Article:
'I beg your pardon, doctor--but I thoucht ye was some scunnert at it; an' I canna bide Shargar to be luikit doon upo'. Luik here,' he continued, going to his box, and bringing out Shargar's little heap of coppers, in which two sixpences obscurely shone, 'he brocht a' that hame last nicht, an' syne sleepit upo' the rug i' my room there. We'll want a' 'at he can mak an' me too afore we get Mr. Ericson up again.'
'But ye haena tellt me yet,' said the doctor, so pleased with the lad that he relapsed into the dialect of his youth, 'hoo ye cam to forgather wi' 'im.'
'I tellt ye a' aboot it, doctor. It was a' my grannie's doin', God bless her--for weel he may, an' muckle she needs 't.'
'Oh! yes; I remember now all your grandmother's part in the story,' returned the doctor. 'But I still want to know how he came here.'
'She was gaein' to mak a taylor o' 'm: an' he jist ran awa', an' cam to me.'
'It was too bad of him that--after all she had done for him.'
'Ow, 'deed no, doctor. Even whan ye boucht a man an' paid for him, accordin' to the Jewish law, ye cudna mak a slave o' 'im for a'thegither, ohn him seekin' 't himsel'.--Eh! gin she could only get my father hame!' sighed Robert, after a pause.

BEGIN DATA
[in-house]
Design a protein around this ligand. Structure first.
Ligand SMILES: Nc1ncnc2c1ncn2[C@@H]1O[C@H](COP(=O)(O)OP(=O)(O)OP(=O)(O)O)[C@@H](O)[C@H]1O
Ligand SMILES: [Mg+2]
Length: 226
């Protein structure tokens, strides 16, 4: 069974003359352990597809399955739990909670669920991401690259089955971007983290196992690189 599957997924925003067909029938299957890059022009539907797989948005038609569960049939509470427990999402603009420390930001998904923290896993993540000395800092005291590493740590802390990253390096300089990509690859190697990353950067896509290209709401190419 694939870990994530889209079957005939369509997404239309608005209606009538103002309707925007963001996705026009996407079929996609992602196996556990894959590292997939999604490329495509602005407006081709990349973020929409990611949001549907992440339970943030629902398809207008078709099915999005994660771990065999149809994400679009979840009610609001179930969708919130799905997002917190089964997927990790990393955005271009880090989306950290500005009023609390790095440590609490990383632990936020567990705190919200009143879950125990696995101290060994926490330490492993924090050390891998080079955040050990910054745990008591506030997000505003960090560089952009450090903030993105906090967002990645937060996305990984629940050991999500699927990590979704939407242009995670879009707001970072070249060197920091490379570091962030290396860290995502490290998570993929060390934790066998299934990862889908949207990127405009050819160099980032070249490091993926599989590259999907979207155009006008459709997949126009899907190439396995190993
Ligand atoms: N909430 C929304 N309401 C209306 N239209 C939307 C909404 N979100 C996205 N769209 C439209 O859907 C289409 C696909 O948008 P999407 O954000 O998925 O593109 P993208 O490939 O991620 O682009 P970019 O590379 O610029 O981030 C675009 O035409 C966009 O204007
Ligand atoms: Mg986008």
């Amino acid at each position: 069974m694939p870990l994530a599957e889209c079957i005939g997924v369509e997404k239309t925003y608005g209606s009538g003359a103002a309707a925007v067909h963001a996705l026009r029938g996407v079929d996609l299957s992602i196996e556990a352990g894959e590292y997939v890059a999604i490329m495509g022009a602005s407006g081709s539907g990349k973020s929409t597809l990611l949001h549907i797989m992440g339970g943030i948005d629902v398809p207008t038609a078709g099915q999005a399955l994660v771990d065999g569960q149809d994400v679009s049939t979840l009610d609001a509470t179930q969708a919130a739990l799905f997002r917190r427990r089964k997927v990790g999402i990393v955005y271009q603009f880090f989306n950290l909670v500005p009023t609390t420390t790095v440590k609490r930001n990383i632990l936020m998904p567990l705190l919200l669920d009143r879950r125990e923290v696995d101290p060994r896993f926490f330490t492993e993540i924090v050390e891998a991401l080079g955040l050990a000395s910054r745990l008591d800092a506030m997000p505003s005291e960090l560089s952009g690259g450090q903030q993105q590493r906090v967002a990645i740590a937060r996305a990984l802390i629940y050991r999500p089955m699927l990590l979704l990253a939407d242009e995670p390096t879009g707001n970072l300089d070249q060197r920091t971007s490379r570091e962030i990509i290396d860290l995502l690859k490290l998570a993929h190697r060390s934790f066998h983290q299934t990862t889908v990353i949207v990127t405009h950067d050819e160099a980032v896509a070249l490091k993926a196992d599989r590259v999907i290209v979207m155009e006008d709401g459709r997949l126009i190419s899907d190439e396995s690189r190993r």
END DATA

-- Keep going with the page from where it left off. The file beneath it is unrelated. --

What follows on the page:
'What should she want him home for?' asked Dr. Anderson, still making conversation.
'I didna mean hame to Rothieden. I believe she cud bide never seein' 'im again, gin only he wasna i' the ill place. She has awfu' notions aboot burnin' ill sowls for ever an' ever. But it's no hersel'. It's the wyte o' the ministers. Doctor, I do believe she wad gang an' be brunt hersel' wi' a great thanksgivin', gin it wad lat ony puir crater oot o' 't--no to say my father. An' I sair misdoobt gin mony o' them 'at pat it in her heid wad do as muckle. I'm some feared they're like Paul afore he was convertit: he wadna lift a stane himsel', but he likit weel to stan' oot by an' luik on.'
A deep sigh, almost a groan, from the bed, reminded them that they were talking too much and too loud for a sick-room. It was followed by the words, muttered, but articulate,
'What's the good when you don't know whether there's a God at all?'
''Deed, that's verra true, Mr. Ericson,' returned Robert. 'I wish ye wad fin' oot an' tell me. I wad be blithe to hear what ye had to say anent it--gin it was ay, ye ken.'
Ericson went on murmuring, but inarticulately now.
'This won't do at all, Robert, my boy,' said Dr. Anderson. 'You must not talk about such things with him, or indeed about anything. You must keep him as quiet as ever you can.'
'I thocht he was comin' till himsel',' returned Robert. 'But I will tak care, I assure ye, doctor. Only I'm feared I may fa' asleep the nicht, for I was dooms sleepy this mornin'.'